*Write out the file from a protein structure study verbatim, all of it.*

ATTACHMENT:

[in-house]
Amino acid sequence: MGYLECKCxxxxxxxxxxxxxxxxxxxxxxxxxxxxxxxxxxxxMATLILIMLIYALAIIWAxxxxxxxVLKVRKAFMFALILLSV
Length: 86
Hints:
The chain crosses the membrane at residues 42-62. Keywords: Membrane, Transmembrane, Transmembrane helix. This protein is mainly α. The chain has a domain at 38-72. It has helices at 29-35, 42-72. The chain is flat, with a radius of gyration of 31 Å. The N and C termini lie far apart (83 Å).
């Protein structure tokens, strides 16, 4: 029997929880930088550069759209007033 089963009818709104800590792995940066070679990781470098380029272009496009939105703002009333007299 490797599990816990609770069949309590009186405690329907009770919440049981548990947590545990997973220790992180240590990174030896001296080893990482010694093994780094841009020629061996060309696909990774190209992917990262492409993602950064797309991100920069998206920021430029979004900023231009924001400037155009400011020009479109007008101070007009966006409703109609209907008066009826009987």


[in-house]
Amino acid sequence: MGYLECKCxxxxxxxxxxxxxxxxxxxxxxxxxxxxxxxxxxxxMATLILIMLIYALAIIWAxxxxxxxVLKVRKAFMFALILLSV
Length: 86
Hints:
The chain crosses the membrane at residues 42-62. Keywords: Membrane, Transmembrane, Transmembrane helix. This protein is mainly α. The chain has a domain at 38-72. It has helices at 29-35, 42-72. The chain is flat, with a radius of gyration of 31 Å. The N and C termini lie far apart (83 Å).
């Protein structure tokens, strides 16, 4: 029997929880930088550069759209007033 089963009818709104800590792995940066070679990781470098380029272009496009939105703002009333007299 490797599990816990609770069949309590009186405690329907009770919440049981548990947590545990997973220790992180240590990174030896001296080893990482010694093994780094841009020629061996060309696909990774190209992917990262492409993602950064797309991100920069998206920021430029979004900023231009924001400037155009400011020009479109007008101070007009966006409703109609209907008066009826009987």